terrible.” Ms. Shelby shared her earliest attempts at teaching in the placement describing how Ms. Marcus both discouraged her from trying student-centered approaches and appeared vindicated when Ms. Shelby tried them, and they did not go
well. Ms. Shelby reported “feeling like a failure” in that experience.
Discussion turned to the suggestion phase as participants applied possible
strategies developed in previous MEG discussions to Mr. David’s situation. For example, Ms. Cass, suggested “playing dumb.” Mr. David might use his position as a
novice to question Ms. Marcus’s methods, bringing attention to both her problematic behavior and potentially opening space for discussion through questions like,
“What is the purpose of the reflections?” Another approach was “claiming a requirement.” Mr. David might claim that making sure all students’ voices are heard
is an official component of his practicum, and therefore, he would have an excuse
to use methods that insure students are called on randomly. A third suggestion was
Journal of Urban Mathematics Education Vol. 10, No. 1
25
Wickstrom & Gregson
Public Stories
that Mr. David might “highlight the competence”2 of Black students by amplifying
their thinking with the cooperating teacher with comments like, “So and so has a
really good idea.” Mr. David asked the group to consider whether any of these ideas
might backfire. Following Gutiérrez’s (2012) protocol and hoping to broaden participants thinking about this question, I posed an additional question to the group:
“Pretend you are in your first year of teaching and Ms. Marcus is on your team.
What would you do?”
The discussion opened to more carefully consider Ms. Marcus’s background,
and to an extent, the sociocultural and institutional practices that may have shaped
her views. Ms. Cass offered this speculation:
Maybe she really is racist, but maybe she has been trained that way? I am not saying it
is good training, but what if having all the girls sit in front was her training? Knowing
this would put things into perspective to me about how you would handle things if this
was your team teacher.
This comment helped the group to step back and consider the institutional conditions under which teachers’ perspectives develop. Discussion shifted slightly from
how to “fix this colleague” to the circumstances under which teaching behaviors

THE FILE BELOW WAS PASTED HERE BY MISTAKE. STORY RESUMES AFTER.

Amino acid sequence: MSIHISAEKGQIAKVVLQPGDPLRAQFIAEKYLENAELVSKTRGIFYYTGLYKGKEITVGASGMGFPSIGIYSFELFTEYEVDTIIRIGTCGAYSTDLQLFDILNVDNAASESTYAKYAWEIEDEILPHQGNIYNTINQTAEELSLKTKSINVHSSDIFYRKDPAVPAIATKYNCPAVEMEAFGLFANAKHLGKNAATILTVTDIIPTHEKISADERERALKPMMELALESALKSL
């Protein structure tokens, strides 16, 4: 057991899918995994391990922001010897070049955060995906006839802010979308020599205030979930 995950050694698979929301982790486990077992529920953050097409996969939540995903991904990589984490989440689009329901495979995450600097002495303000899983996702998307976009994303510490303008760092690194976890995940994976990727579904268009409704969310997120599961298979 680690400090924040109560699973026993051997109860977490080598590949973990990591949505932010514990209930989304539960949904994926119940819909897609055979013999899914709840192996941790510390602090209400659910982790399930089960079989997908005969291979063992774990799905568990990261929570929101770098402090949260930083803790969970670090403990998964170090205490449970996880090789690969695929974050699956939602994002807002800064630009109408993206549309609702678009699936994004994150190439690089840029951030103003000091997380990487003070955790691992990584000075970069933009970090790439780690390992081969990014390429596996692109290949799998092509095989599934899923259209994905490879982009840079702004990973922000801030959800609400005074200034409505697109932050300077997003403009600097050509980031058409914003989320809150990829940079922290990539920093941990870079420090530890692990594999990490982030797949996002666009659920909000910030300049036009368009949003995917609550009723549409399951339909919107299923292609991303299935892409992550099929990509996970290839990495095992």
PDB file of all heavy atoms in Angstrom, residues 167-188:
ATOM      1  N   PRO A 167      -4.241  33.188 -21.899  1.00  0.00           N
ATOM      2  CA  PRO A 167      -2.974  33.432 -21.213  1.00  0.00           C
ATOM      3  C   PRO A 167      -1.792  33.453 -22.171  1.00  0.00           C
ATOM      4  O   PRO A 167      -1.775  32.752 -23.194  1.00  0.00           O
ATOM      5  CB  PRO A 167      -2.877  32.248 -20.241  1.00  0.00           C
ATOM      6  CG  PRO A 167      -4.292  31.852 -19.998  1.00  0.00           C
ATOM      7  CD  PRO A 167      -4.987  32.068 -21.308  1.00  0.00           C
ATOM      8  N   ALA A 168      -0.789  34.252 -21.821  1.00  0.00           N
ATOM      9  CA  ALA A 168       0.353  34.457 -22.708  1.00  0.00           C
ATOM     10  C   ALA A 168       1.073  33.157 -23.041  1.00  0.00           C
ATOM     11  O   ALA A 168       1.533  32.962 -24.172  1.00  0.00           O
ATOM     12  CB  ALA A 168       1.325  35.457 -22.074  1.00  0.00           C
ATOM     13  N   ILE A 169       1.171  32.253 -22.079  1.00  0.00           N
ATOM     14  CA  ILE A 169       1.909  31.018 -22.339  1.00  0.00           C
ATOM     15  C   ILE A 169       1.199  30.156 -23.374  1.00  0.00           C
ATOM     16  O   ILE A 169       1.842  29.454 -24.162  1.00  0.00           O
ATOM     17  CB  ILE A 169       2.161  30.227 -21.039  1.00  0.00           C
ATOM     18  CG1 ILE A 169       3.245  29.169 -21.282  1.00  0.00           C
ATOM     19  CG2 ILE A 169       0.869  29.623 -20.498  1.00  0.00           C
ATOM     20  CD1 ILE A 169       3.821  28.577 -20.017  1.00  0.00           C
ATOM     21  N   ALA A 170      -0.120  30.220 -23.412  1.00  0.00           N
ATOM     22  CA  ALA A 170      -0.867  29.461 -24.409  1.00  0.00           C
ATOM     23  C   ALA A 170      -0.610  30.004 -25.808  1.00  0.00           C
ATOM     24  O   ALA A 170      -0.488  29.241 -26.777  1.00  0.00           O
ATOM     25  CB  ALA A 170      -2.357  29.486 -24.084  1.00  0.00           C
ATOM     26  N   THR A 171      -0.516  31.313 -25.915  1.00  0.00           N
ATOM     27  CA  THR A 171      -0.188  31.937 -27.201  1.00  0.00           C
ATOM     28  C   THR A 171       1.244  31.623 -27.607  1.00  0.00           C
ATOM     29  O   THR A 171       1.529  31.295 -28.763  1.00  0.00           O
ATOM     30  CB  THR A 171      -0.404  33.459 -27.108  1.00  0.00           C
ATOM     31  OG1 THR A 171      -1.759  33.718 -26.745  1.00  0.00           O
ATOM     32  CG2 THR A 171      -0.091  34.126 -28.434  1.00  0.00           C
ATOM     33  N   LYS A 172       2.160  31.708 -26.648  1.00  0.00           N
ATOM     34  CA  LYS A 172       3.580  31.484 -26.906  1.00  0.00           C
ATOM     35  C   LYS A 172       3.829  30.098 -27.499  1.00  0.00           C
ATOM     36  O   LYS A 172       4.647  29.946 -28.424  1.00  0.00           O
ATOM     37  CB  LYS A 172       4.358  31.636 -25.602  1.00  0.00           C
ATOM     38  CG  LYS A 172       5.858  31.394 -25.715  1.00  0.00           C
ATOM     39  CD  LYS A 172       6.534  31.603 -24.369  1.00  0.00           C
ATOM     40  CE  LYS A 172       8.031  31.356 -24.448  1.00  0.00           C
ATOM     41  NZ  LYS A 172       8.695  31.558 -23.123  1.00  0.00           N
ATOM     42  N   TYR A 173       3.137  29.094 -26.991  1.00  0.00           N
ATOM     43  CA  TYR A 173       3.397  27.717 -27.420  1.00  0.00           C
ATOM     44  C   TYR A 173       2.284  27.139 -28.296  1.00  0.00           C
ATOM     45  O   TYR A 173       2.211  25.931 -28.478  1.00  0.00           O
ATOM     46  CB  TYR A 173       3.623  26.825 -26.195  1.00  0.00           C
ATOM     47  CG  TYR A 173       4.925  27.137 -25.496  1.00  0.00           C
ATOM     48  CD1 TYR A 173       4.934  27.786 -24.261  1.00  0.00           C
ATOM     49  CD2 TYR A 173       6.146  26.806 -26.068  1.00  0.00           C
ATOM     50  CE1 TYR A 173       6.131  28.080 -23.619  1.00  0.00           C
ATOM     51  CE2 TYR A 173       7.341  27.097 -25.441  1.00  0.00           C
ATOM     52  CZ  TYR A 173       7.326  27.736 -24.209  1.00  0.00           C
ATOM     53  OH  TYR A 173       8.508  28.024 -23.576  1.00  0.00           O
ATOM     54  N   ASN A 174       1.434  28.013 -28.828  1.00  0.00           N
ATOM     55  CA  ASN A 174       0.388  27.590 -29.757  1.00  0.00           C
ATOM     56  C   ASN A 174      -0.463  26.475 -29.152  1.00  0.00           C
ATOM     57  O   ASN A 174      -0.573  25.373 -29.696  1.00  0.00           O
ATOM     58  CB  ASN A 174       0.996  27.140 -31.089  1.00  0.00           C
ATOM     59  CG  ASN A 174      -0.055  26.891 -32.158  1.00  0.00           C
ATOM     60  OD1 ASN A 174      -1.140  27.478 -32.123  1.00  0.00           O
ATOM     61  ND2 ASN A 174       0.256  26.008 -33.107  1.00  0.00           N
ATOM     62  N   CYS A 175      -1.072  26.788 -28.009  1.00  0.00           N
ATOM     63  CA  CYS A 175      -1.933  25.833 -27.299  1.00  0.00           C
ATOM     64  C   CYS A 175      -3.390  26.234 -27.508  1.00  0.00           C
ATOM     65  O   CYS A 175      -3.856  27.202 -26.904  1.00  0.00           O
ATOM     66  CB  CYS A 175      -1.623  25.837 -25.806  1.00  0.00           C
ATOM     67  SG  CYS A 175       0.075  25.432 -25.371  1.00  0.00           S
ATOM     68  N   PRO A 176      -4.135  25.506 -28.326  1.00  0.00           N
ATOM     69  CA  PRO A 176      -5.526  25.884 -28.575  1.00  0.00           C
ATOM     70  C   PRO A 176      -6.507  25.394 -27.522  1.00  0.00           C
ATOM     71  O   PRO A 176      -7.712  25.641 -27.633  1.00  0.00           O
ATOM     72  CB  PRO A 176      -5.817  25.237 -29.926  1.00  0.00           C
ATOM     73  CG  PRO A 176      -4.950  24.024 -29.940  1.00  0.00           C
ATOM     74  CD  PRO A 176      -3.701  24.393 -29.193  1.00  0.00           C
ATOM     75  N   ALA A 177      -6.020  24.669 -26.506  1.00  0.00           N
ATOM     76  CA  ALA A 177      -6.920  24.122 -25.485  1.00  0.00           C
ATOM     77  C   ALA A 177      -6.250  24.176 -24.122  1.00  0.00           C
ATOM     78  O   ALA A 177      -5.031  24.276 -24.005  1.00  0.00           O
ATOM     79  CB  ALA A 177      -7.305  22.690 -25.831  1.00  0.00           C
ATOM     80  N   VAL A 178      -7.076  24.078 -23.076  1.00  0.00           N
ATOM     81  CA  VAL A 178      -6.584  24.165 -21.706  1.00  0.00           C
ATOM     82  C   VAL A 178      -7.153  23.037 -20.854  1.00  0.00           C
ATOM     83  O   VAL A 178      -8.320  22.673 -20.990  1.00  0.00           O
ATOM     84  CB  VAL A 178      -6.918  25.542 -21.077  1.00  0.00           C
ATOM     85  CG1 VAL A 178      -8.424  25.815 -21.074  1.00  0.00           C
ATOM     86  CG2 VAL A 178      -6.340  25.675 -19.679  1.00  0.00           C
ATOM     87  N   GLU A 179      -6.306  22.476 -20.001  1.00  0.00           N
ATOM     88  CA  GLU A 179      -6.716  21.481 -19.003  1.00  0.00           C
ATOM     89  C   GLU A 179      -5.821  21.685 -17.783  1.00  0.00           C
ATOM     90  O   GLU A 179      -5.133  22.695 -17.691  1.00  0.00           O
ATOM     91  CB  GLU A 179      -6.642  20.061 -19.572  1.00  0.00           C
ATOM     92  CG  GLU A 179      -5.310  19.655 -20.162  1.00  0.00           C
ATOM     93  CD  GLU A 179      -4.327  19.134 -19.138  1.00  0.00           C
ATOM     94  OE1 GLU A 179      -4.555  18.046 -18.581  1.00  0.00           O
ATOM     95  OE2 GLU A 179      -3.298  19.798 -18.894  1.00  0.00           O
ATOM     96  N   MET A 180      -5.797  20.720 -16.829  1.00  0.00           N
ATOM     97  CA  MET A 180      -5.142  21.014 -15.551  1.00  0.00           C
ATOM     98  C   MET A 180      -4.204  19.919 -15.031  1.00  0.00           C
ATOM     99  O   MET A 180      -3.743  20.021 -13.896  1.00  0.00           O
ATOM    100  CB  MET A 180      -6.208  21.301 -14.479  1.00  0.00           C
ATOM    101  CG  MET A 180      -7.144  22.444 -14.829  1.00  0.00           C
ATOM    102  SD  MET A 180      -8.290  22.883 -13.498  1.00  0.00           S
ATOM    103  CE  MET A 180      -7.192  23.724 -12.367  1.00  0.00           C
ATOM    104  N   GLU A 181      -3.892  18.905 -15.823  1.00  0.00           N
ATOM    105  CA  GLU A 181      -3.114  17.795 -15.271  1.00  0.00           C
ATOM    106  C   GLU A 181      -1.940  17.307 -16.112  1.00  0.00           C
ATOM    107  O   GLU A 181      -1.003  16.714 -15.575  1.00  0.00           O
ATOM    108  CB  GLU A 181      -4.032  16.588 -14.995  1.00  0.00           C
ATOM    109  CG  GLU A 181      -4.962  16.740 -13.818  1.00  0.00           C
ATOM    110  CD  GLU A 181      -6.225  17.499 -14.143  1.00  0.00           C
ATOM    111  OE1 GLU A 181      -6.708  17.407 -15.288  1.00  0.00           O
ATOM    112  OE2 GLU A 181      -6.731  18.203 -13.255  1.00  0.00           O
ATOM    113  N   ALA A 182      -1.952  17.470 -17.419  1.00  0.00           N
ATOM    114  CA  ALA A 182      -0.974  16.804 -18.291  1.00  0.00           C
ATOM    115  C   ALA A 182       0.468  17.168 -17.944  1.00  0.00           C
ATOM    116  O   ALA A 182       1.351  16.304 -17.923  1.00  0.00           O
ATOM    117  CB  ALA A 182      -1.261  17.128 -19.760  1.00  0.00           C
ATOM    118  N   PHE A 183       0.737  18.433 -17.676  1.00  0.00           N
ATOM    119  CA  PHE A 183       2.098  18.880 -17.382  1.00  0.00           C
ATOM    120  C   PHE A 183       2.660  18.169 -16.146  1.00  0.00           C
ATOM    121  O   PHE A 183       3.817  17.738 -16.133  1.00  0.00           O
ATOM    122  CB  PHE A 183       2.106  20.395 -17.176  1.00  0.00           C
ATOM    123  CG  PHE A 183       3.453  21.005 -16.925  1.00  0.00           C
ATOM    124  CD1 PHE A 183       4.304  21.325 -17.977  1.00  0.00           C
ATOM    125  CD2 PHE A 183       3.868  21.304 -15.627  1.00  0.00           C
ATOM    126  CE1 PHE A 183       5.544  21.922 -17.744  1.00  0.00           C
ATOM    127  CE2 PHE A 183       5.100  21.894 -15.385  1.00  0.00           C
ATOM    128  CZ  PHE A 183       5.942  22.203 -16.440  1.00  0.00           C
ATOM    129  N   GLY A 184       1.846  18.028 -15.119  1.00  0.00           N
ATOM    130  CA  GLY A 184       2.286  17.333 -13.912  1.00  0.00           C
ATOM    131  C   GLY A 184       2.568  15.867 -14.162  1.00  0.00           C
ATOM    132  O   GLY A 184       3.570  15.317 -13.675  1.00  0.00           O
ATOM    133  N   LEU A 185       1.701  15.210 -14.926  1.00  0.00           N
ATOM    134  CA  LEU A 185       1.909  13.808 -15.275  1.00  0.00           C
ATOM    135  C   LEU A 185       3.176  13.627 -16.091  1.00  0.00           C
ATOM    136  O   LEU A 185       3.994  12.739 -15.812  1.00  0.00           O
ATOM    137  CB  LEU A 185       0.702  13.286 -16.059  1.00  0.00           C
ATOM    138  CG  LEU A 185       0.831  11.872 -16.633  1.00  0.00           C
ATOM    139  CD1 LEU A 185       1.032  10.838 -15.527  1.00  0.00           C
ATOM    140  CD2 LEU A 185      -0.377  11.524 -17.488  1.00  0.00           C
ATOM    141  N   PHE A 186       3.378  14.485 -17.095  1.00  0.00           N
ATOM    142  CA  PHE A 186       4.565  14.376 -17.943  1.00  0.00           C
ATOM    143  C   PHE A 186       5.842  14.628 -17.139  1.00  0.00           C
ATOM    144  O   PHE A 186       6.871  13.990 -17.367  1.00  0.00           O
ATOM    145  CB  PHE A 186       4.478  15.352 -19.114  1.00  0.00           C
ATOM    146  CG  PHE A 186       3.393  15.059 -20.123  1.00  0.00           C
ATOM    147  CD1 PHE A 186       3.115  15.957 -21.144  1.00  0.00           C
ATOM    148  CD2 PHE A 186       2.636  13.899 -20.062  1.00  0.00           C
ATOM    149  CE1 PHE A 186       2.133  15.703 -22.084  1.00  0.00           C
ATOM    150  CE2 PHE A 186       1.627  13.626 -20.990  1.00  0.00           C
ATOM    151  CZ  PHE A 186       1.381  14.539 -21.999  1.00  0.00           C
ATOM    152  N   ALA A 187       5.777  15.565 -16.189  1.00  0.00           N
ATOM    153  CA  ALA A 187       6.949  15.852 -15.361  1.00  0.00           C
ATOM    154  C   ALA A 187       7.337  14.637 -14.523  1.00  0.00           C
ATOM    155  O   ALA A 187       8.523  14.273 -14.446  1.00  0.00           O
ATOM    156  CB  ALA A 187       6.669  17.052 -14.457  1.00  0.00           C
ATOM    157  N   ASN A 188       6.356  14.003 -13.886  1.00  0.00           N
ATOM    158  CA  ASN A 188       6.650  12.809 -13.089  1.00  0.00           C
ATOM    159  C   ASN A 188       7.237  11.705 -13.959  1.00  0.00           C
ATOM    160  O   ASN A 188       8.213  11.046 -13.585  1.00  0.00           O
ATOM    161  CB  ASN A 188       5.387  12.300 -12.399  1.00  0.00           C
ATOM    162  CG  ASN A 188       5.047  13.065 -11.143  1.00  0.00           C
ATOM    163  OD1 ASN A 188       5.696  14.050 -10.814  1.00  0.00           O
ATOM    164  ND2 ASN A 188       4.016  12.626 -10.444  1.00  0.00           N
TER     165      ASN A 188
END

like those Mr. David observed may have developed and could continue unchecked.
As an example of institutional conditions that normalize inequity, I noted “Culture
of Poverty” trainings that have been required in many districts and which promote
racialized stereotypes of low-income children and their educational needs (Gorski,
2008). Other participants asked questions about the school climate and if other
adults were aware of the atmosphere in Ms. Marcus’s classroom. We speculated
about whether the lack of African American male teachers in both the building and
as student teachers coming from our program might have affected this teacher’s
perceptions of the appropriate mathematical goals and roles for Black students and
helped to make it seem acceptable to discipline them more harshly than White students. We talked about some of the reasons that a new teacher might be afraid to
speak up against injustice.
To close the session, Mr. David explained that he had already implemented a
“killing with kindness” approach with Ms. Marcus in which he strategically and
deliberately praised her for everything she did in the classroom––even actions he
disagreed with. He offered to help with everything from making copies to cleaning
the board to tutoring challenging students. Mr. David reported that this strategy allowed him to achieve key short-term goals despite the limits of this placement. Ms.
Marcus became more approachable to him; she offered advice and mentorship, although that advice was sometimes questionable relative to equity. Because she allowed him to take over the mathematics teaching when he was present, Mr. Marcus
2
MEG participants revised this term from “assigned competence” Cohen (1998).
Journal of Urban Mathematics Education Vol. 10, No. 1
26
Wickstrom & Gregson
Public Stories
gained experience teaching conceptually rich mathematics in a setting that was
more racially and economically diverse than his pre-cohort experiences. While
teaching, he highlighted the strengths of the range of students in the class and provided an example for all students of a Black male mathematics teacher. He did not
expect that his approach would change Ms. Marcus’s future behavior, but it allowed
him space to provide some support for Black and White students and also to hone
his skills for future equity battles.
Remaining Questions and Tensions
Mr. David’s story provided an opportunity for preservice and early-career
mathematics teachers to consider, question, and analyze one inequitable classroom
environment from multiple perspectives. Participants used the example to engage